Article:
In this embodiment, the convex-shaped portion 307 is formed on the sealing part 305, and the convex-shaped portion 307 is pressed and squeezed (deformed) by the top surface 219a of the optical box 219. For example, when the squeezed amounts due to the pressing by the top surface 219a of the optical box 219 are equal in the sealing part 312 of the comparative example illustrated in FIG. 8 and in the sealing part 305 of this embodiment, the thickness at the location to be pressed can be increased in this embodiment because the convex-shaped portion 307 is formed. In other words, in this embodiment, the thickness (length in the −Z axis direction) of the convex-shaped portion 307 at the location to be pressed by the optical box 219 can be increased, and hence the fatigue degradation and deterioration of the sealing member can be prevented. Further, the repulsion force of the sealing member can be reduced by increasing the thickness of the convex-shaped portions 307, and hence deformation of the upper cover 301 due to the repulsion force of the sealing member can also be prevented. In this embodiment, when the convex-shaped portions 308 and 309 formed at ends of the sealing part 305 are excluded, the convex-shaped portion 307 is the only one convex-shaped portion. However, the shape of the sealing part 305 is not limited to the configuration of having three convex-shaped portions. For example, when there is no limitation on molding conditions, or when the width of the sealing part 305 (length of the sealing part in the transverse direction) is large, convex-shaped portions may be additionally formed. For example, when one convex-shaped portion is additionally formed on the sealing part 305 of this embodiment, the sealing part includes four convex-shaped portions and three concave-shaped portions.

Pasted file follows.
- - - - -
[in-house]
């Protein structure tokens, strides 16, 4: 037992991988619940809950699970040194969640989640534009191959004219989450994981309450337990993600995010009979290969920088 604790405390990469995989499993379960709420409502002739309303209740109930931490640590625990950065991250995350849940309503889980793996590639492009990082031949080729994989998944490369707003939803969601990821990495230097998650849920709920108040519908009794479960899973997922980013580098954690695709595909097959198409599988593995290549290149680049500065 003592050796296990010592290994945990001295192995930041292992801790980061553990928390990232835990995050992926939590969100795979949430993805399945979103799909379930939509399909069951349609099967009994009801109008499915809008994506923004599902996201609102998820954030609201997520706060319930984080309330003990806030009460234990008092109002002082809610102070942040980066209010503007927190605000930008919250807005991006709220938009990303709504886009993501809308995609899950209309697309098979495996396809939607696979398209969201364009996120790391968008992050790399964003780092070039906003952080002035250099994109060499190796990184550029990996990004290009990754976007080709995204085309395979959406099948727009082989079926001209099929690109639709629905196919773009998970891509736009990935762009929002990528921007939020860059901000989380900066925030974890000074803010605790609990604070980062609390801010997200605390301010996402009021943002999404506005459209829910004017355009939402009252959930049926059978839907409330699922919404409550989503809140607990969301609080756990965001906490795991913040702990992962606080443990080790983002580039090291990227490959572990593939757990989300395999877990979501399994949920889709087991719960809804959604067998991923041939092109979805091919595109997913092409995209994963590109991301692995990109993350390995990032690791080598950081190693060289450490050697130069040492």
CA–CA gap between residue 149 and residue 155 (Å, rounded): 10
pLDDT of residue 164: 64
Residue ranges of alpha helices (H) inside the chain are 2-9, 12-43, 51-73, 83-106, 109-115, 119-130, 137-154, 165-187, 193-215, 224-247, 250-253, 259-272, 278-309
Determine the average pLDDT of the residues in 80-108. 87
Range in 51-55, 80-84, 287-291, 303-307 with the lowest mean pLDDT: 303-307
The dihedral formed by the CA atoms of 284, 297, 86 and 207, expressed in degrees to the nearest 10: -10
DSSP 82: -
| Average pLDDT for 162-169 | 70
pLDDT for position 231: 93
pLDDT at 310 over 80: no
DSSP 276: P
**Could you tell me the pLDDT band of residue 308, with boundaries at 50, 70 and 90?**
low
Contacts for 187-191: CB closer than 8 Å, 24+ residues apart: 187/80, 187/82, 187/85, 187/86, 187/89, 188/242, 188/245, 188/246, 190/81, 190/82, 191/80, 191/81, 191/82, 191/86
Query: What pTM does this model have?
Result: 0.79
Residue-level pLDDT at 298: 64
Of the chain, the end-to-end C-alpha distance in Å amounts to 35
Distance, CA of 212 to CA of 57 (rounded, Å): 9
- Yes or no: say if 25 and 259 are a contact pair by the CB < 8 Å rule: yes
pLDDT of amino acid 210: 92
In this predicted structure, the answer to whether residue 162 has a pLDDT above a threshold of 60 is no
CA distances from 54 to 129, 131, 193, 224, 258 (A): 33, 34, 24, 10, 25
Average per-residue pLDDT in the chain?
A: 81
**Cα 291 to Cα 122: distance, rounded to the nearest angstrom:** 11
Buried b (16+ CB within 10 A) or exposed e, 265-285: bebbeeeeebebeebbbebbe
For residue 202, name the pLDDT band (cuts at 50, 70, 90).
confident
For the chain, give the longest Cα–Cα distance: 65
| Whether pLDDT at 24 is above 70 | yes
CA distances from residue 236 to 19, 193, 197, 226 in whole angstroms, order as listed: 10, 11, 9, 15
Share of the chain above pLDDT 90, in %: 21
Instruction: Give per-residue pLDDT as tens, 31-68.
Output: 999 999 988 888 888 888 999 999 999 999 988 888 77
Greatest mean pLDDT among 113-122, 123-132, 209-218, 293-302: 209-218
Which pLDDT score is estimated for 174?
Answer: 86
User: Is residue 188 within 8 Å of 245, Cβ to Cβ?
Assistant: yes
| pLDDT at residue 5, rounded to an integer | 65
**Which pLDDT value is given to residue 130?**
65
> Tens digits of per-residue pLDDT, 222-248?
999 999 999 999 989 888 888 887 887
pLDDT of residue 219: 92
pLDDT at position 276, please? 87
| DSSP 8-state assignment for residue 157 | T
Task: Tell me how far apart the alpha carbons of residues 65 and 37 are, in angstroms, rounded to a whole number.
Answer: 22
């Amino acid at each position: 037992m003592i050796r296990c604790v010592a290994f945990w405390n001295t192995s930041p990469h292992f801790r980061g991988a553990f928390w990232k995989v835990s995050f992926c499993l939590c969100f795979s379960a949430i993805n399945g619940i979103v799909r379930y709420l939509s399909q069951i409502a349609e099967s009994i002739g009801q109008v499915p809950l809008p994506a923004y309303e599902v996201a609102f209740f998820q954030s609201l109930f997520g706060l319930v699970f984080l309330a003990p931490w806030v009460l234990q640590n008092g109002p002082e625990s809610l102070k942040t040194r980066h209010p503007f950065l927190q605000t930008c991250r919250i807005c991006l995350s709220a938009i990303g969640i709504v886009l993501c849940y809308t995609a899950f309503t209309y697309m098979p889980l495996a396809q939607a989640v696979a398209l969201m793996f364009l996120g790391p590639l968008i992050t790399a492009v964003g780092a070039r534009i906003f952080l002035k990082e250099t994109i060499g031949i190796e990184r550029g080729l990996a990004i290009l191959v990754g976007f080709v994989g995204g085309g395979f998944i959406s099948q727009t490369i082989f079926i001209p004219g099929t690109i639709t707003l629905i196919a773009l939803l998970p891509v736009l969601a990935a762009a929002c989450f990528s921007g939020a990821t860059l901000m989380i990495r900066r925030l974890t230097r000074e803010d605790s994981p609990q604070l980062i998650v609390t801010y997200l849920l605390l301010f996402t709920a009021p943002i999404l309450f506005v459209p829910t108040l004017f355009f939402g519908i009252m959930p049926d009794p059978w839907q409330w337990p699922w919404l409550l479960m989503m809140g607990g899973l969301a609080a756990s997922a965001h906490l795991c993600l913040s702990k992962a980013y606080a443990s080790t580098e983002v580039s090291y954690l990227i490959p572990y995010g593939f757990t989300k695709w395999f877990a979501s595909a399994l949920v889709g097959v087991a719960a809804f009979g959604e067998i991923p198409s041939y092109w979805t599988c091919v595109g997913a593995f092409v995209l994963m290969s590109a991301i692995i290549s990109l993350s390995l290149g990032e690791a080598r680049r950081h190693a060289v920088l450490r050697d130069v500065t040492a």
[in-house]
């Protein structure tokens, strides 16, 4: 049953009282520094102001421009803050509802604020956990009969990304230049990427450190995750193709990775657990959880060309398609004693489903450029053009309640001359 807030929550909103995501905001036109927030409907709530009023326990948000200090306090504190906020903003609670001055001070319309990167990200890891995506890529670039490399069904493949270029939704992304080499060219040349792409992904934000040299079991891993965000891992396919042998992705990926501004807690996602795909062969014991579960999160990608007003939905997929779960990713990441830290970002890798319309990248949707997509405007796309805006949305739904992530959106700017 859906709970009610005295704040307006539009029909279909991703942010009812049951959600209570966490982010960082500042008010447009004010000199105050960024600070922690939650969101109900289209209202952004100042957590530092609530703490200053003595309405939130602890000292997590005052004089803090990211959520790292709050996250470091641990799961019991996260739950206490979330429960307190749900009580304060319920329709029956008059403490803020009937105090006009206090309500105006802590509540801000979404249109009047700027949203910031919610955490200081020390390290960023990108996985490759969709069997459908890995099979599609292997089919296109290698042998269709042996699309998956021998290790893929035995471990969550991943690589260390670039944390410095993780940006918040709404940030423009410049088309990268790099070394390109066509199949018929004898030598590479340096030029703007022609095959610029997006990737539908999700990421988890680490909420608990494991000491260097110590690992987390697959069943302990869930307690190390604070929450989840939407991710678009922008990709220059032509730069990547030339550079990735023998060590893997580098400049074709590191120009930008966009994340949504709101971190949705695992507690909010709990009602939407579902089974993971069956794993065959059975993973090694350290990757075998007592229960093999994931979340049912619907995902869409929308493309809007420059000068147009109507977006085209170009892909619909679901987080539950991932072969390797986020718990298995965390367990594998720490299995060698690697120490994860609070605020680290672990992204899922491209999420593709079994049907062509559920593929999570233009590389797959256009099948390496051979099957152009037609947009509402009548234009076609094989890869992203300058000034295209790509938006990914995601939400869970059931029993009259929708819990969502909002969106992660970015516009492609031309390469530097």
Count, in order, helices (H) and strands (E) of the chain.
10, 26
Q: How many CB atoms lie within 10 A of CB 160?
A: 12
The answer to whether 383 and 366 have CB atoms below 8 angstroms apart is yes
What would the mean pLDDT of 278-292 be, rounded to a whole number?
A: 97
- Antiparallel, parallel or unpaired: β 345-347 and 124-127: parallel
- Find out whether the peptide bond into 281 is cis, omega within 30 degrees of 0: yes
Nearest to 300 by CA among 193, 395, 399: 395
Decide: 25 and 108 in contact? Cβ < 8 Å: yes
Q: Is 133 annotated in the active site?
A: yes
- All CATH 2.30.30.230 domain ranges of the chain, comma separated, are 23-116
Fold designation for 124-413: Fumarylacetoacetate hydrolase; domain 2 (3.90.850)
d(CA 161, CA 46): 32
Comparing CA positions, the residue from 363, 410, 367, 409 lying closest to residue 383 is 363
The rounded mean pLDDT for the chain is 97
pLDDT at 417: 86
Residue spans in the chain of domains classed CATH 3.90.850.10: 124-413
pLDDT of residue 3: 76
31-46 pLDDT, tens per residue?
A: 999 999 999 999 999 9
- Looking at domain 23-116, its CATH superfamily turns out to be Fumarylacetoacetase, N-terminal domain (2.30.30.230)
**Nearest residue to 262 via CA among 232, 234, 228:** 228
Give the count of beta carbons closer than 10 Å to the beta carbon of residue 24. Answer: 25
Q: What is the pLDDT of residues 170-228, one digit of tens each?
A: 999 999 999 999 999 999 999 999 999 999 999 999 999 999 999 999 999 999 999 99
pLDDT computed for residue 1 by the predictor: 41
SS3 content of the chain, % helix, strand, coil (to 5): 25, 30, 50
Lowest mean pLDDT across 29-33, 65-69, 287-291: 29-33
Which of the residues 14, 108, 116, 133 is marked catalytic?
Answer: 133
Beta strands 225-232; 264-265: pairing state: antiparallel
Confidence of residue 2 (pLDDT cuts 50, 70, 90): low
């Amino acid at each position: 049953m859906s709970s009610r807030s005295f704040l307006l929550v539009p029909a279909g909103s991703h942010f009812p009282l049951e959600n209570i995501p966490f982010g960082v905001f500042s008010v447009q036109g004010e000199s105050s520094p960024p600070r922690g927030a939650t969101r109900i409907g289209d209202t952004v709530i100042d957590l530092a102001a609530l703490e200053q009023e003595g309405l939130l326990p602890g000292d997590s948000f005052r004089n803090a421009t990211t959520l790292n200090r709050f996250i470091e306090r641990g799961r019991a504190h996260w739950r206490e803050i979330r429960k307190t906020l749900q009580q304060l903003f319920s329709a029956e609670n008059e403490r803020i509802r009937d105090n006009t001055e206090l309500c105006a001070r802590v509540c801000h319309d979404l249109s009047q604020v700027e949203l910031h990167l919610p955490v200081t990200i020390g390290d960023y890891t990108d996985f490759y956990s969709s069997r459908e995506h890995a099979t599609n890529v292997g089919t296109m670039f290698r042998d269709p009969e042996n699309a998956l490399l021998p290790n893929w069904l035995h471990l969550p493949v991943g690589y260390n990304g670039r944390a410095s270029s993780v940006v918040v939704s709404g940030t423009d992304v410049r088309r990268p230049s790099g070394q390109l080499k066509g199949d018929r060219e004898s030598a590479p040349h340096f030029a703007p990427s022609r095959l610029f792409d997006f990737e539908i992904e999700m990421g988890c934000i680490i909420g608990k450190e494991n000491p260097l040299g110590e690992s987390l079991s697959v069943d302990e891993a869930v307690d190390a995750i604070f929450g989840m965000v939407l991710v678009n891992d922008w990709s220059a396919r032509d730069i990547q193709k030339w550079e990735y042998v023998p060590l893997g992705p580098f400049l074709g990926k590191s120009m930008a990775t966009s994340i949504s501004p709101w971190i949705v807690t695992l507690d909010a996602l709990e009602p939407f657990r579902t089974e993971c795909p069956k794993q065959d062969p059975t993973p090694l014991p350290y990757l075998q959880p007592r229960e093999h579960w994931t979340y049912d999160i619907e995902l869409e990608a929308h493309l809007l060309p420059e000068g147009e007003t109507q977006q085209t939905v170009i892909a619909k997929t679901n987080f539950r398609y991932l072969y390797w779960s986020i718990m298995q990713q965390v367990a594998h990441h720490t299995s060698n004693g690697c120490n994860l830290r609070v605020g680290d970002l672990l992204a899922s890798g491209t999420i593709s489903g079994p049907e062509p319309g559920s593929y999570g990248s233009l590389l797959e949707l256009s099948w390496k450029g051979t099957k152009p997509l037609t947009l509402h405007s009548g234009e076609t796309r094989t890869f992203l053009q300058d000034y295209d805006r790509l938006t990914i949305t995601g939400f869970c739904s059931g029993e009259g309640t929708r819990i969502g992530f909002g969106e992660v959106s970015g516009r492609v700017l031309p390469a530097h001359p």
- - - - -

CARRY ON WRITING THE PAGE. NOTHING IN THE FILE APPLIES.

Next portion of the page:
As described above, in the sealing part 305, the heights of the convex-shaped portions 308 and 309, which are formed at the ends of the sealing part 305, in the direction toward the optical box 219 are set to be larger than the height of the convex-shaped portion 307, which is formed at a center of the sealing part 305, in the direction toward the optical box 219. Further, in the sealing part 305, the surfaces 308c and 309c of the convex-shaped portions 308 and 309 are tapered. With this, the sealing part 305 is brought into contact with (abutment against) the top surface 219a of the optical box 219 when the upper cover 301 is mounted, and hence the convex-shaped portion 307 can be squeezed (pressed). Further, the top surface 219a is brought into abutment also against the convex-shaped portions 308 and 309, and hence the degree of sealing of the optical box 219 can be maintained. Further, the sealing part 5 has the convex-shaped portions 307, 308, and 309, which are brought into abutment against the top surface 219a of the optical box 219, and the concave-shaped portions 310 and 311, which are not brought into abutment against the top surface 219a, and hence the repulsion force of the sealing part 305 against the pressing can be reduced, thereby being capable of suppressing deformation of the upper cover 301. Further, the convex-shaped portion 307 is provided, and hence the thickness of the sealing member can be increased with respect to the squeezed amount (deformed amount) due to the pressing on the sealing member. As a result, temporal fatigue degradation and deterioration of the sealing member can be suppressed, and the repulsion force due to the pressing on the sealing member can be reduced.